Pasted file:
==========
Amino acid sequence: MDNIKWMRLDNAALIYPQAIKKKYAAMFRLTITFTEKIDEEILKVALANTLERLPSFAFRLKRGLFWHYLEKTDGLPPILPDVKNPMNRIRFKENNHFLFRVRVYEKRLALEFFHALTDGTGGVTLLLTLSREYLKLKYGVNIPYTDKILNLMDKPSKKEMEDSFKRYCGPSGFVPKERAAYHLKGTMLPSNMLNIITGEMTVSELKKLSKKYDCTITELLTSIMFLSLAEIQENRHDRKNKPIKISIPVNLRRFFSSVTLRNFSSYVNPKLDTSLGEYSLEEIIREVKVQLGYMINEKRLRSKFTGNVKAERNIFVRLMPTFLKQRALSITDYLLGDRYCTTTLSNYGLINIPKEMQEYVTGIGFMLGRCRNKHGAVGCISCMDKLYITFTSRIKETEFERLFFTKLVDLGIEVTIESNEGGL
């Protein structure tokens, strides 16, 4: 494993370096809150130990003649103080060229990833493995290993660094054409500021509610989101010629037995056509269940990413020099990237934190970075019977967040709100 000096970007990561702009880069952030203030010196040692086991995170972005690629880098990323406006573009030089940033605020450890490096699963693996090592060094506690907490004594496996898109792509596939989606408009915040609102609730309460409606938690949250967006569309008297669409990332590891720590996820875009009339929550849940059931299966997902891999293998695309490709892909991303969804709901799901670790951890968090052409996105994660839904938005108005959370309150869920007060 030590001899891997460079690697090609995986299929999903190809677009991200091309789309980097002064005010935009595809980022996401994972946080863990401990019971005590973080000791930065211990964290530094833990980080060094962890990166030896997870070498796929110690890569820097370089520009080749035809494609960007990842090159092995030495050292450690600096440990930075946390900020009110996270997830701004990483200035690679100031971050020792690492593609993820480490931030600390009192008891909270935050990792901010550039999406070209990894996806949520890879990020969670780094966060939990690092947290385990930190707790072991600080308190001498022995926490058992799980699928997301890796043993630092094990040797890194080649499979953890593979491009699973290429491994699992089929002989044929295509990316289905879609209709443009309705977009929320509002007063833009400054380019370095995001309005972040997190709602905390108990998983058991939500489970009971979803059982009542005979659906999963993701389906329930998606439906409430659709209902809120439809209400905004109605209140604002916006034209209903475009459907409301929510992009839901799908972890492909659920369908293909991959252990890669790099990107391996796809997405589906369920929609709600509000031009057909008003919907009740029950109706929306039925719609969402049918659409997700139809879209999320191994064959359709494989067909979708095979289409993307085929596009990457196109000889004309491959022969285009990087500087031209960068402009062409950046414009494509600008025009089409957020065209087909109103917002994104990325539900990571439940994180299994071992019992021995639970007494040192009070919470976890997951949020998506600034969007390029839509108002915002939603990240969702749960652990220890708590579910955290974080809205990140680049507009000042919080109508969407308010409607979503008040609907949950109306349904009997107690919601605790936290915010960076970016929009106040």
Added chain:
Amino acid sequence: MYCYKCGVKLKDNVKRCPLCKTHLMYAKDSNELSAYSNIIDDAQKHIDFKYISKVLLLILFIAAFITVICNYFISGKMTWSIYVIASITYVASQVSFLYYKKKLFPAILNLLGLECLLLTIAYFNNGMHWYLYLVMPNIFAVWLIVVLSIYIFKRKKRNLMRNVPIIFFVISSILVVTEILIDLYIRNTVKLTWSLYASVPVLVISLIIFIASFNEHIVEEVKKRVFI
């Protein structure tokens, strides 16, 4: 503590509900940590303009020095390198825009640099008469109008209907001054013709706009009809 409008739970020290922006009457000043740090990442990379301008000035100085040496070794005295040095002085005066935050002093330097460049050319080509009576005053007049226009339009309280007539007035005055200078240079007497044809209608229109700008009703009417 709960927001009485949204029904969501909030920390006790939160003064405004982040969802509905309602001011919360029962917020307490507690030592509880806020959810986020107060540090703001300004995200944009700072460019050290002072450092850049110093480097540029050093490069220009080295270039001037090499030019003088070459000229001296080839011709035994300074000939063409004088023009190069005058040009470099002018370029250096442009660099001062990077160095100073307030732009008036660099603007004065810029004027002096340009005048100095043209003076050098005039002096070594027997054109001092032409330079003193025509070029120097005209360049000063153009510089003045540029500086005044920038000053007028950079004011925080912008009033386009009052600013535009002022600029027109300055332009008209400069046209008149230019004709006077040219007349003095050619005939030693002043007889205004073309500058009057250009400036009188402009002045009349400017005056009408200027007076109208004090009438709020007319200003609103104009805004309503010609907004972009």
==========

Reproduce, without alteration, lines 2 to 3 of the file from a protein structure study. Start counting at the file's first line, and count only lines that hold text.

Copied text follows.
């Protein structure tokens, strides 16, 4: 494993370096809150130990003649103080060229990833493995290993660094054409500021509610989101010629037995056509269940990413020099990237934190970075019977967040709100 000096970007990561702009880069952030203030010196040692086991995170972005690629880098990323406006573009030089940033605020450890490096699963693996090592060094506690907490004594496996898109792509596939989606408009915040609102609730309460409606938690949250967006569309008297669409990332590891720590996820875009009339929550849940059931299966997902891999293998695309490709892909991303969804709901799901670790951890968090052409996105994660839904938005108005959370309150869920007060 030590001899891997460079690697090609995986299929999903190809677009991200091309789309980097002064005010935009595809980022996401994972946080863990401990019971005590973080000791930065211990964290530094833990980080060094962890990166030896997870070498796929110690890569820097370089520009080749035809494609960007990842090159092995030495050292450690600096440990930075946390900020009110996270997830701004990483200035690679100031971050020792690492593609993820480490931030600390009192008891909270935050990792901010550039999406070209990894996806949520890879990020969670780094966060939990690092947290385990930190707790072991600080308190001498022995926490058992799980699928997301890796043993630092094990040797890194080649499979953890593979491009699973290429491994699992089929002989044929295509990316289905879609209709443009309705977009929320509002007063833009400054380019370095995001309005972040997190709602905390108990998983058991939500489970009971979803059982009542005979659906999963993701389906329930998606439906409430659709209902809120439809209400905004109605209140604002916006034209209903475009459907409301929510992009839901799908972890492909659920369908293909991959252990890669790099990107391996796809997405589906369920929609709600509000031009057909008003919907009740029950109706929306039925719609969402049918659409997700139809879209999320191994064959359709494989067909979708095979289409993307085929596009990457196109000889004309491959022969285009990087500087031209960068402009062409950046414009494509600008025009089409957020065209087909109103917002994104990325539900990571439940994180299994071992019992021995639970007494040192009070919470976890997951949020998506600034969007390029839509108002915002939603990240969702749960652990220890708590579910955290974080809205990140680049507009000042919080109508969407308010409607979503008040609907949950109306349904009997107690919601605790936290915010960076970016929009106040």
Added chain: